On Tuesday, I met Mr Hong outside the hotel at 9am and I visited Angkor Wat, which is about a 20 min tuk-tuk ride from the hotel. Being the main attraction amongst the Angkor temples, it was totally heaving with coaches, mini buses and tuk-tuks. And it was blimmin’ hot even at 9.20am. The Koreans/Chinese appear to holiday in organised groups of about 30 so when they get to an attraction they split into two smaller groups and subsequently are shown around by a tour guide who speaks VERY loudly. In between lectures they are allowed to roam free to take photographs of themselves standing in doorways of ancient structures which bemused me. I did my best to steer clear of their calamity and found some peace and solitude around this huge temple.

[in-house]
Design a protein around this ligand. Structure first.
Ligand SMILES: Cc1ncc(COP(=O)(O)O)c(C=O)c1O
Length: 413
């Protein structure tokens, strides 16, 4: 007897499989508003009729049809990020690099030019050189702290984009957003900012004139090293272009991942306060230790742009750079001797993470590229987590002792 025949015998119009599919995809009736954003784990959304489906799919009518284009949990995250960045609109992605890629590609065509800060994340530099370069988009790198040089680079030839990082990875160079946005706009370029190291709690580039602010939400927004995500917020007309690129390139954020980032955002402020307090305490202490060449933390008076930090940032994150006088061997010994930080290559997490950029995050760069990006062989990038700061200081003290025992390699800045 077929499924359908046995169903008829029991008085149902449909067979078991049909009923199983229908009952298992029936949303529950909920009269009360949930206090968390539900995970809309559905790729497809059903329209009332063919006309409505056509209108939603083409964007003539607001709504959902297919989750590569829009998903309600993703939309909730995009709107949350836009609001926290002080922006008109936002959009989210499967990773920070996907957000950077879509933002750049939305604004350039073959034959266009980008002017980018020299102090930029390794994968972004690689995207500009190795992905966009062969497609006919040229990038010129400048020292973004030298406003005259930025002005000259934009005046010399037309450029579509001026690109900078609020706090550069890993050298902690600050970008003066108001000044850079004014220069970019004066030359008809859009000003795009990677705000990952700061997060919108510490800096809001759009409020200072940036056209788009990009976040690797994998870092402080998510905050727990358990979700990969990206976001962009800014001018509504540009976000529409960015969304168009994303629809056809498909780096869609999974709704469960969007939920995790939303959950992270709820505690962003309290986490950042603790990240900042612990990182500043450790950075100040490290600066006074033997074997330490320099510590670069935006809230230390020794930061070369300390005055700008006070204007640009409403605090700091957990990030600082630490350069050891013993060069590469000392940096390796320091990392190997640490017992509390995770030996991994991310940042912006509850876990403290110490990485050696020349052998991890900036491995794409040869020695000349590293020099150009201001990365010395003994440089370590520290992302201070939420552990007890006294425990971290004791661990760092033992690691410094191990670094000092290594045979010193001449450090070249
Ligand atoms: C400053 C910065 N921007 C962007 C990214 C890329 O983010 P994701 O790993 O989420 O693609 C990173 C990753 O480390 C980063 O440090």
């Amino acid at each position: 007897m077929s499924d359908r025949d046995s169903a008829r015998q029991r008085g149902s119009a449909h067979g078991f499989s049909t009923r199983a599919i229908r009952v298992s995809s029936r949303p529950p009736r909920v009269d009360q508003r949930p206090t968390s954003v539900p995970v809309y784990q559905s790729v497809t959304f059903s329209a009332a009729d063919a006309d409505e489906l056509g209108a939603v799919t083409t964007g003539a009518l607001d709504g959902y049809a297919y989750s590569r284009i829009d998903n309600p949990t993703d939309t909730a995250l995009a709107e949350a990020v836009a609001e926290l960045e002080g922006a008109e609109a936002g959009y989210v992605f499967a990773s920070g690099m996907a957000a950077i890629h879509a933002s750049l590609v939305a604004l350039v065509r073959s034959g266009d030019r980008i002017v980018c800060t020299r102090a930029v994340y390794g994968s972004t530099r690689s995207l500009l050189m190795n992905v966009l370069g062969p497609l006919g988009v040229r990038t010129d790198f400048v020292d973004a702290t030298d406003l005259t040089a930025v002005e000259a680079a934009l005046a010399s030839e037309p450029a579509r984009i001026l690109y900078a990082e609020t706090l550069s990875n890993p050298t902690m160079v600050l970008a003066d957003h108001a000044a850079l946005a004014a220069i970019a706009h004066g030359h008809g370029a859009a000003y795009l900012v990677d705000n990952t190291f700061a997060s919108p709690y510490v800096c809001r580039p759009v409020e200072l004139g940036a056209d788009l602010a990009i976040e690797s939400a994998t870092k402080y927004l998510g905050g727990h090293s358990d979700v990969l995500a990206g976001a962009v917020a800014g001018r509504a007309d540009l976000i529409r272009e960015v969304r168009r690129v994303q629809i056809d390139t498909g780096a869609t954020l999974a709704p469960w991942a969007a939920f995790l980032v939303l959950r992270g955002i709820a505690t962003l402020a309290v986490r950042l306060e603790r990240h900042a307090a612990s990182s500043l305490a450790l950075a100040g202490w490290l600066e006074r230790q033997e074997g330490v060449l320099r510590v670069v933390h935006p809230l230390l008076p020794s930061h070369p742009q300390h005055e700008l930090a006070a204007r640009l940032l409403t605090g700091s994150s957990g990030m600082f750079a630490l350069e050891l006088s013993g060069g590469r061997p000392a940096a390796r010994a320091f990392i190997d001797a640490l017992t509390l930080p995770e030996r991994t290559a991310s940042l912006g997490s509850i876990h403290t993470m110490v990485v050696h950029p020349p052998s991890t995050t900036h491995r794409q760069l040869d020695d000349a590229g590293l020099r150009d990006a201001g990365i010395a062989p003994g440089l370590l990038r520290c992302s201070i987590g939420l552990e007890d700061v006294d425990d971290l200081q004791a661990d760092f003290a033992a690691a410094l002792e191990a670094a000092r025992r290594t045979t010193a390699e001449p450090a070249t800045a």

I looked at as much as my eyes and mind could take in; it was all a bit much really-I was a bit overwhelmed with the size of Angkor Wat, the crowds, and the noise but as it was the main attraction of Siem Reap it had to be done. The next temple I visited was defo one of my favourites; Ta Prohm. This is the temple where the Sacred Fig trees grow through the temple structure. Lots of renovation work going on here so it was a bit noisy but totally fascinating. I spent a good couple of hours exploring the temple but also just sitting quietly and taking in the atmosphere. It was dark when Mr Hong returned me to my hotel.